Background and Ultra Low Emission Zones

Since 1993 the London Air Quality Network of King’s College London has coordinated the monitoring of air pollution across 30 London boroughs and Heathrow, and has noted that in 2005–06 almost all road and curbside monitoring sites across greater London exceeded the annual average limits for nitrogen dioxide of 40 μgm-3 (21 ppb), with eleven sites exceeding the hourly limits of 200 μgm-3 (105 ppb) on at least 18 occasions each.

Ultra low emissions zone

Plans for an Ultra low emissions zone, to be implemented in 2020, are under consideration. Diesel vehicles are to be targeted because they produce relatively high levels of particulates.[23]

What are low emission Zones?

Low Emission Zones are areas where the most polluting vehicles are regulated. Usually this means that vehicles with higher emissions cannot enter the area. In some low emission zones the more polluting vehicles have to pay more if they enter the low emission zone. Low Emission Zines are also known as Environment Zones, Umweltzonen, Milieuzones, Lavutslippssone, Miljozone, Miljözon, ZTL ambiente.

Low Emission Zones are often the most effective measure that towns and cities can take to improve air pollution. Low emission zones reduce emissions of fine particles, nitrogen dioxide and (indirectly) ozone, the three main air pollutants of concern in Europe.

Fine particulates are also known as PM10 (particulate matter less than 10 micrometre in diameter) or PM2.5 (particulate matter less than 5 micrometre in diameter). A micrometre (μm) is a millionth of a metre (A human hair is about 90 µm in diameter). These fine particulates enter our bodies through its defences and cause damage to our hearts and lungs. Vehicle emissions are classified by the “Euro standards”. In some Low Emission Zones fitting a diesel particulate filter can allow a vehicle access to a Zone.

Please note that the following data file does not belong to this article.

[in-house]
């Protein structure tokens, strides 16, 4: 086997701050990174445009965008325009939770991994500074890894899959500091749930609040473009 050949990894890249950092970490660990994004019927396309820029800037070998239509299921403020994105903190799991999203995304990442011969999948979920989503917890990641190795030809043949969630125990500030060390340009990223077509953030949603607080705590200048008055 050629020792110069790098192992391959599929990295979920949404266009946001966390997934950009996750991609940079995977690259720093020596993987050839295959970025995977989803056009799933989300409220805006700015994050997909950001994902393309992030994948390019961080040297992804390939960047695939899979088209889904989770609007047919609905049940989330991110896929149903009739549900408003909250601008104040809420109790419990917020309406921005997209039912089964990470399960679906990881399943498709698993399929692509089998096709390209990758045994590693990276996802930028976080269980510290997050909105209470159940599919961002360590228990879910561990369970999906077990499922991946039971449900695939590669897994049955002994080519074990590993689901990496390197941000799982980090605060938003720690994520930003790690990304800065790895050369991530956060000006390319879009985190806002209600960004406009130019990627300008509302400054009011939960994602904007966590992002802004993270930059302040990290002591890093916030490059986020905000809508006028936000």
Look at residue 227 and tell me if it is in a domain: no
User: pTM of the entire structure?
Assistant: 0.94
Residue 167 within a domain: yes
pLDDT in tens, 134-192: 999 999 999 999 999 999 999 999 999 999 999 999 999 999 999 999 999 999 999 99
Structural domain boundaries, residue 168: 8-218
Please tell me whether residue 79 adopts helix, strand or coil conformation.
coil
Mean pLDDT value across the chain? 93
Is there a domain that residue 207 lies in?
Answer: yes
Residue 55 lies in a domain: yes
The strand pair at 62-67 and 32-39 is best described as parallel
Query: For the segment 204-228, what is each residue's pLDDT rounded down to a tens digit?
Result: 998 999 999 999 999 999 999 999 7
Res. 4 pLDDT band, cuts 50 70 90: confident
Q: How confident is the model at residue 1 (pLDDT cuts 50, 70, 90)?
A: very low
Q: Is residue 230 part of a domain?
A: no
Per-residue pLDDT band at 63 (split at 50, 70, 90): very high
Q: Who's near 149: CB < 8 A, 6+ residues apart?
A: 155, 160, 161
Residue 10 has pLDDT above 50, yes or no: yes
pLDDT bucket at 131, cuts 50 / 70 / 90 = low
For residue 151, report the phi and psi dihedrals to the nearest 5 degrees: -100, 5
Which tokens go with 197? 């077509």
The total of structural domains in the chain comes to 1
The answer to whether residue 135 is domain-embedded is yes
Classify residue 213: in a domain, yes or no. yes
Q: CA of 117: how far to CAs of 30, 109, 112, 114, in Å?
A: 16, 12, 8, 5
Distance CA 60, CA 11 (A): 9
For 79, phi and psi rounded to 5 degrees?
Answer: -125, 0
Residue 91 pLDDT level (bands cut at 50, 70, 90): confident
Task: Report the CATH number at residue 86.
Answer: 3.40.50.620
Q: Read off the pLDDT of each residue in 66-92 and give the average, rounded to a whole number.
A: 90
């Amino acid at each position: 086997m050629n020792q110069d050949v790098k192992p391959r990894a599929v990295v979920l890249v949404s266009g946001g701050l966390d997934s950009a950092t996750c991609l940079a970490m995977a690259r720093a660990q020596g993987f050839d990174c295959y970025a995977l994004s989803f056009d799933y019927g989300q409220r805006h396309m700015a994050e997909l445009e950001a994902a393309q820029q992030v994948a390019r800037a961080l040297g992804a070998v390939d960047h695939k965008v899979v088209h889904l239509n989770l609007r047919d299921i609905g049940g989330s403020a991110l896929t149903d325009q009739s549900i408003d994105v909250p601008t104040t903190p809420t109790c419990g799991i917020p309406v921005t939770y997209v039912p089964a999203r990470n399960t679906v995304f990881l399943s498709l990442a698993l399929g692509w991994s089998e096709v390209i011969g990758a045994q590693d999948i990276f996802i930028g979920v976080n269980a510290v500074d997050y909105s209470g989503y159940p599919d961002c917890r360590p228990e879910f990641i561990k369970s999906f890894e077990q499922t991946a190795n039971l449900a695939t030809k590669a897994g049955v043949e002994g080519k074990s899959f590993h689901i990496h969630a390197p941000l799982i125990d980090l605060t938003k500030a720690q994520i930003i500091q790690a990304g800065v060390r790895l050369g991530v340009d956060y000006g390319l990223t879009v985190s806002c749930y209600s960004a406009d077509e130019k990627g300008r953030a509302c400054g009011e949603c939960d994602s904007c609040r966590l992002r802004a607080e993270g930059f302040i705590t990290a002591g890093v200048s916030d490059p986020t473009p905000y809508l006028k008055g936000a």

All low emission zones affect heavy duty goods vehicles (usually over 3.5 tonnes Gross Vehicle Weight (GVW)), and most affect buses and coaches. Some Low Emission Zones also affect vans, cars and motorcycles, see our Overview of Low Emission Zones. Next you need to find out the emissions standards of your vehicle. Then check if this emissions standard is allowed into the zone. Most Low Emisson Zones operate 24 hours a day, 365 days a year.

Why Low Emission Zones?

Low Emission Zones are implemented in areas where air pollution levels are dangerous to health. Low Emission Zones improve the air quality and make it safer to breathe. Air pollution is responsible for 310 000 premature deaths in Europe each yeari. This is more deaths than caused by road accidentsii. The human health damage from air pollution is estimated to cost the European economy between €427 and €790 billion per yeariii. The European Union and the World Health Organisation have set EU Air Quality Standards to protect our health. The air in many cities in Europe struggles to meet these Air Quality Standards.

Air pollution most affects the very young and the old and those with heart and lung diseases. Heart and lung diseases are both common causes of death in Europe. Air pollution also triggers health problems like asthma attacks and increases hospital admissions and days off sick. Diesel emissions have been classified as carcinogenic (causing cancer) by the World Health Organisation, which means that reducing diesel emissions is especially important for health. You can find out more details on these issues from the World Health Organisation air quality pages.

Where does it operate?

The Low Emission Zone covers most of Greater London.

Vehicles registered outside GB

If you’re driving a vehicle registered outside Great Britain (this includes vehicles registered in Northern Ireland), you’ll need to register it with us to let us know that it meets the Low Emisson Zone standards so we can add your vehicle to our database.

It’s important that you do this, because if you drive in the Low Emission Zone without registering, even if your vehicle meets the standards, you’ll have to pay the daily charge, or may receive a Penalty Charge Notice.

Plans for the future

By reducing traffic pollution, our aim is to improve the health and quality of life of everyone visiting, working in or living in London. The Mayor’s Air Quality Strategy published in December 2010 has more information about the link between particulate matter and health.

Previously it was proposed that all buses, coaches and lorries would need to meet a London-wide standard for emissions of oxides of nitrogen (NOx) in 2015. Applying this standard to our buses only will still deliver 75% of the benefits of the original proposal while saving operators £350m in avoided costs which would have been required to clean up their vehicles under the original proposal.

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